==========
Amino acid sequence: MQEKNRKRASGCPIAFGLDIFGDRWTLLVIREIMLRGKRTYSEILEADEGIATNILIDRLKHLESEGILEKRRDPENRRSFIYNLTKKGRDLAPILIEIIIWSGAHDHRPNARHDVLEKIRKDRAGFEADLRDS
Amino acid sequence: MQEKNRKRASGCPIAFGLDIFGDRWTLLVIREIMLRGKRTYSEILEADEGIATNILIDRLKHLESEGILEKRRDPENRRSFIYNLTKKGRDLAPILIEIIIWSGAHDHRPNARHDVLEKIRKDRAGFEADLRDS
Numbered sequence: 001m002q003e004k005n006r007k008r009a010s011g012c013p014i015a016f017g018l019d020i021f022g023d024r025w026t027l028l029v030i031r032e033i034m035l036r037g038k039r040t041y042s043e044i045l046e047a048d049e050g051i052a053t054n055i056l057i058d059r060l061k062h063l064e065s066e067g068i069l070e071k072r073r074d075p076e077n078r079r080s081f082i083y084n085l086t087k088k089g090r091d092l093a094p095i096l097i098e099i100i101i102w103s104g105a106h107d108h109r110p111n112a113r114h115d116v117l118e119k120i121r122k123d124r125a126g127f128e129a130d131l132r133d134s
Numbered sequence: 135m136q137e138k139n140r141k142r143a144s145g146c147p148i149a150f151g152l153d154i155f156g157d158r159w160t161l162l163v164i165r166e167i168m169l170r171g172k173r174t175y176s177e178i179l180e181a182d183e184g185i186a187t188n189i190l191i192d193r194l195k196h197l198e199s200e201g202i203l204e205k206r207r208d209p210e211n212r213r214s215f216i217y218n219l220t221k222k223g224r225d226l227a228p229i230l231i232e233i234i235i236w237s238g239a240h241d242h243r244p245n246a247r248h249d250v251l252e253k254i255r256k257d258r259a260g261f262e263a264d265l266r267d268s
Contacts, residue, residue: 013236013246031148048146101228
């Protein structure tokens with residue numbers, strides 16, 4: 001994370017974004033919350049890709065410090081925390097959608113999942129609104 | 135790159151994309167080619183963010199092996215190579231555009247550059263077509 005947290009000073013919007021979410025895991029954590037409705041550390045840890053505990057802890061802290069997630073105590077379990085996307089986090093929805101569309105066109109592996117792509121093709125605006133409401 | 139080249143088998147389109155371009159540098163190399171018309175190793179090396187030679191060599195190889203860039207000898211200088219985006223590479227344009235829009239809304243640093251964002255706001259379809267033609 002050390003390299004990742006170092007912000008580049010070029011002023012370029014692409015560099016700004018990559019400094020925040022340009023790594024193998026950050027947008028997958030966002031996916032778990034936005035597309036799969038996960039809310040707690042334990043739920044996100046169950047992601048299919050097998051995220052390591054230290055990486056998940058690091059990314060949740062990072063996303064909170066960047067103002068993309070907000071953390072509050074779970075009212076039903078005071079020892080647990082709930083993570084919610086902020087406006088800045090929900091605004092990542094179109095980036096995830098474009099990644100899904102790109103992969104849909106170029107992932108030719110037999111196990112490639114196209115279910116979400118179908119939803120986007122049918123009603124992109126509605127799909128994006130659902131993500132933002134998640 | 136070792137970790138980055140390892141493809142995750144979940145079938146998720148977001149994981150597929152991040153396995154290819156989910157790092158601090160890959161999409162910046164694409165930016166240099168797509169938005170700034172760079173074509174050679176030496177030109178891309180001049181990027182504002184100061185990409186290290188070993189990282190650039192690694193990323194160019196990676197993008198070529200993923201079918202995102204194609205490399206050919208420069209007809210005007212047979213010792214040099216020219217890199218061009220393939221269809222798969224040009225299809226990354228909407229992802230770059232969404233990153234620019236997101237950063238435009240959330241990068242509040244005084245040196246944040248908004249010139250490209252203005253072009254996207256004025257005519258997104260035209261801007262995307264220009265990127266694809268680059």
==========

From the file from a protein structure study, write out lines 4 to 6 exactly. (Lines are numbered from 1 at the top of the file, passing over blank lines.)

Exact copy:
Numbered sequence: 135m136q137e138k139n140r141k142r143a144s145g146c147p148i149a150f151g152l153d154i155f156g157d158r159w160t161l162l163v164i165r166e167i168m169l170r171g172k173r174t175y176s177e178i179l180e181a182d183e184g185i186a187t188n189i190l191i192d193r194l195k196h197l198e199s200e201g202i203l204e205k206r207r208d209p210e211n212r213r214s215f216i217y218n219l220t221k222k223g224r225d226l227a228p229i230l231i232e233i234i235i236w237s238g239a240h241d242h243r244p245n246a247r248h249d250v251l252e253k254i255r256k257d258r259a260g261f262e263a264d265l266r267d268s
Contacts, residue, residue: 013236013246031148048146101228
């Protein structure tokens with residue numbers, strides 16, 4: 001994370017974004033919350049890709065410090081925390097959608113999942129609104 | 135790159151994309167080619183963010199092996215190579231555009247550059263077509 005947290009000073013919007021979410025895991029954590037409705041550390045840890053505990057802890061802290069997630073105590077379990085996307089986090093929805101569309105066109109592996117792509121093709125605006133409401 | 139080249143088998147389109155371009159540098163190399171018309175190793179090396187030679191060599195190889203860039207000898211200088219985006223590479227344009235829009239809304243640093251964002255706001259379809267033609 002050390003390299004990742006170092007912000008580049010070029011002023012370029014692409015560099016700004018990559019400094020925040022340009023790594024193998026950050027947008028997958030966002031996916032778990034936005035597309036799969038996960039809310040707690042334990043739920044996100046169950047992601048299919050097998051995220052390591054230290055990486056998940058690091059990314060949740062990072063996303064909170066960047067103002068993309070907000071953390072509050074779970075009212076039903078005071079020892080647990082709930083993570084919610086902020087406006088800045090929900091605004092990542094179109095980036096995830098474009099990644100899904102790109103992969104849909106170029107992932108030719110037999111196990112490639114196209115279910116979400118179908119939803120986007122049918123009603124992109126509605127799909128994006130659902131993500132933002134998640 | 136070792137970790138980055140390892141493809142995750144979940145079938146998720148977001149994981150597929152991040153396995154290819156989910157790092158601090160890959161999409162910046164694409165930016166240099168797509169938005170700034172760079173074509174050679176030496177030109178891309180001049181990027182504002184100061185990409186290290188070993189990282190650039192690694193990323194160019196990676197993008198070529200993923201079918202995102204194609205490399206050919208420069209007809210005007212047979213010792214040099216020219217890199218061009220393939221269809222798969224040009225299809226990354228909407229992802230770059232969404233990153234620019236997101237950063238435009240959330241990068242509040244005084245040196246944040248908004249010139250490209252203005253072009254996207256004025257005519258997104260035209261801007262995307264220009265990127266694809268680059």